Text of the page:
Knesset plunged into ‘constitutional crisis’ over speaker spat

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Knesset plunged into ‘constitutional crisis’ over speaker spat

Angry scenes in Jerusalem follow argument over Speaker Yuli Edelstein's decision to adjourn parliament before he was kicked out of office

Yuli-Yoel Edelstein
Yuli-Yoel Edelstein

Israeli politicians threw the country into a full-blown “constitutional crisis” on Wednesday after Speaker Yuli Edelstein adjourned Parliament before he was kicked out of office, leading to angry scenes in Jerusalem.

Opposition parliamentarians led by Benny Gantz, who now has a slim majority of 61, had earlier been asked by Israeli President Reuven Rivlin to form a government. Among the first acts was to vote to replace the Speaker.

Edelstein, who has been Speaker since 2013, is a member of Prime Minister Benjamin Netanyahu’s Likud party, and defied Rivlin to order an extraordinary adjournment of parliament before vacating his position.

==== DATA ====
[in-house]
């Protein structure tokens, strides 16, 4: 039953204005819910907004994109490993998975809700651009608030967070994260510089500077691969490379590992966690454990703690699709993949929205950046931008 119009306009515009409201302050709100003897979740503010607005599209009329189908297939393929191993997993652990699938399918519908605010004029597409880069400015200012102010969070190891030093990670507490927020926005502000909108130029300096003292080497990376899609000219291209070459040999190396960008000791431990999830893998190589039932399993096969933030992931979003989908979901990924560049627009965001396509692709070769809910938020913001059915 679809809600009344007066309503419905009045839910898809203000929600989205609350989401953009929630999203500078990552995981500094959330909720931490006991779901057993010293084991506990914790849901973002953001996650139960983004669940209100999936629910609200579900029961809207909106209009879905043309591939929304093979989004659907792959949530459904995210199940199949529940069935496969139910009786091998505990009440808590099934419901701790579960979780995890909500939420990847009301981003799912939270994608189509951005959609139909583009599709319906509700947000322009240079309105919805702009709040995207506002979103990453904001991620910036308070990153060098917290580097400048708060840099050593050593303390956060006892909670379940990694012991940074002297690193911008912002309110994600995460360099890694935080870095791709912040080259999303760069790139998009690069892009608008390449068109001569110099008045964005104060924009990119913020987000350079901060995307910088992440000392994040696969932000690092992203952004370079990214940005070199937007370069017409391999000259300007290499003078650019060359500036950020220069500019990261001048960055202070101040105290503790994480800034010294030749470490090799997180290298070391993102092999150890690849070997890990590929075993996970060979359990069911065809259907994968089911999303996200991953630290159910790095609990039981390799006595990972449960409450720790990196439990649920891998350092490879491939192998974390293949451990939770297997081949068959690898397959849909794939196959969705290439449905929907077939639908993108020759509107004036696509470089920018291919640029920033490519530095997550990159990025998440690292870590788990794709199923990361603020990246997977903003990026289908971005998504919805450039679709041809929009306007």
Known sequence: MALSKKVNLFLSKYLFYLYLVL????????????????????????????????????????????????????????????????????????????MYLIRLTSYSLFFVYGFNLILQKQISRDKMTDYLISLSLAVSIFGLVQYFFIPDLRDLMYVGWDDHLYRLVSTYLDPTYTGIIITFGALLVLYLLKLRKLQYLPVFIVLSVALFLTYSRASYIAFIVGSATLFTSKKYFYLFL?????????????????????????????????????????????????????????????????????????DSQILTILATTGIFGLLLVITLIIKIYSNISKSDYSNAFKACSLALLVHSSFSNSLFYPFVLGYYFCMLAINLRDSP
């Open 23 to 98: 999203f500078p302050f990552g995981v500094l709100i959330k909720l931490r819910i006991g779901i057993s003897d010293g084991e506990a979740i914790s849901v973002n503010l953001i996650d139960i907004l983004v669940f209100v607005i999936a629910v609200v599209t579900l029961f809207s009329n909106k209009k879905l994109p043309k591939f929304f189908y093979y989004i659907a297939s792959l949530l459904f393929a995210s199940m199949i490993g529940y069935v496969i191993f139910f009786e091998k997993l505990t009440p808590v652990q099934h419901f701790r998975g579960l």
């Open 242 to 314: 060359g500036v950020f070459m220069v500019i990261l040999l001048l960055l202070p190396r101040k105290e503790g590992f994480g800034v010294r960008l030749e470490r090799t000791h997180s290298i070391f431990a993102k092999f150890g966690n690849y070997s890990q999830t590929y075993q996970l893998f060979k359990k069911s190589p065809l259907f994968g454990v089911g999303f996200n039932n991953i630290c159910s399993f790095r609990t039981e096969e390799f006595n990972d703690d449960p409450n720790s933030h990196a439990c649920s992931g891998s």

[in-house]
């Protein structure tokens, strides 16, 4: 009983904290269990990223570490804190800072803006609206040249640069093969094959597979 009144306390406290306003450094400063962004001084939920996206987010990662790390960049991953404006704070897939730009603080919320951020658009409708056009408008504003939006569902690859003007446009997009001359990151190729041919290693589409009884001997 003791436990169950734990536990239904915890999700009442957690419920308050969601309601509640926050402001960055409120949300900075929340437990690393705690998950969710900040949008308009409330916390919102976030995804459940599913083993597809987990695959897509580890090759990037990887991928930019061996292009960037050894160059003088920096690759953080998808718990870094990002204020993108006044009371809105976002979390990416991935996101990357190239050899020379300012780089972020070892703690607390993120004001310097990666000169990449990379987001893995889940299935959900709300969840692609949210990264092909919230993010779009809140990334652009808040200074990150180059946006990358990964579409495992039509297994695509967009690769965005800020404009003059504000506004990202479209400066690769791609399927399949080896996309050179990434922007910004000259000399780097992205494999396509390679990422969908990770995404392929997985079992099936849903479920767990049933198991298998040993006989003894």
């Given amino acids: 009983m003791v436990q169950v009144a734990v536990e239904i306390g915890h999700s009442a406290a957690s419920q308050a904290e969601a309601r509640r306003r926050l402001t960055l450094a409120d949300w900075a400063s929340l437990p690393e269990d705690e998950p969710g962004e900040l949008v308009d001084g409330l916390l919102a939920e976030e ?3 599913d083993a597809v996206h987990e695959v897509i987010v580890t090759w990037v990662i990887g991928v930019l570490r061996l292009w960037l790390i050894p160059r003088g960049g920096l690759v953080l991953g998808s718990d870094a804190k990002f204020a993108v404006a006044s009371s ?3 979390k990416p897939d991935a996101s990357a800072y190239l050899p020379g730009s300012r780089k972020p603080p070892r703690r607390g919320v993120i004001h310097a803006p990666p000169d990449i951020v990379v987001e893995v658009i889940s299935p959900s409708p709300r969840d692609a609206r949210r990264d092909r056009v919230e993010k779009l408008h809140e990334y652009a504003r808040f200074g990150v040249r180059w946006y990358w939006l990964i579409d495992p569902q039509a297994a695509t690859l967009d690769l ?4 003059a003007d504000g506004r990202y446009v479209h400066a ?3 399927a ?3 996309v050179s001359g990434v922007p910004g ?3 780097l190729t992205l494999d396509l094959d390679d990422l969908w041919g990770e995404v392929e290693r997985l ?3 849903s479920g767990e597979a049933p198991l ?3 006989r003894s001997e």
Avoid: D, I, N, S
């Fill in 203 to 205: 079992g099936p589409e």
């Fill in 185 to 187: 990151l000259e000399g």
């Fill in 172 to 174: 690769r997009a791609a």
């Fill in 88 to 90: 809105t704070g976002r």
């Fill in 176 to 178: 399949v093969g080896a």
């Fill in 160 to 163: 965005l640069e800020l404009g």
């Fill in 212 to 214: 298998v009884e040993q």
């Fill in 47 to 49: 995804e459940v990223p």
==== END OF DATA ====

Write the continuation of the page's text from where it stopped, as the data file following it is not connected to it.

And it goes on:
By doing so, he stopped the opposition from electing either a new Speaker or new committees to reflect that Likud and its allies are no longer the majority.

Gantz said his Blue and White Party was urgently petitioning the Supreme Court, accusing Edelstein of “trampling over democracy”.

Analyst Anshel Pfeffer said Edelstein’s move was “effectively a shutdown of parliamentary oversight of Netanyahu’s unelected interim minority caretaker government at a time of national emergency”.

He added that this was “likely to be Israel’s biggest constitutional crisis ever,” as fellow Israeli journalist Noa Landau tweeted that “Israel’s political situation is now fast deteriorating… As a lockdown scenario approached, Netanyahu’s Likud refuses to allow the newly-elected Knesset to function”.

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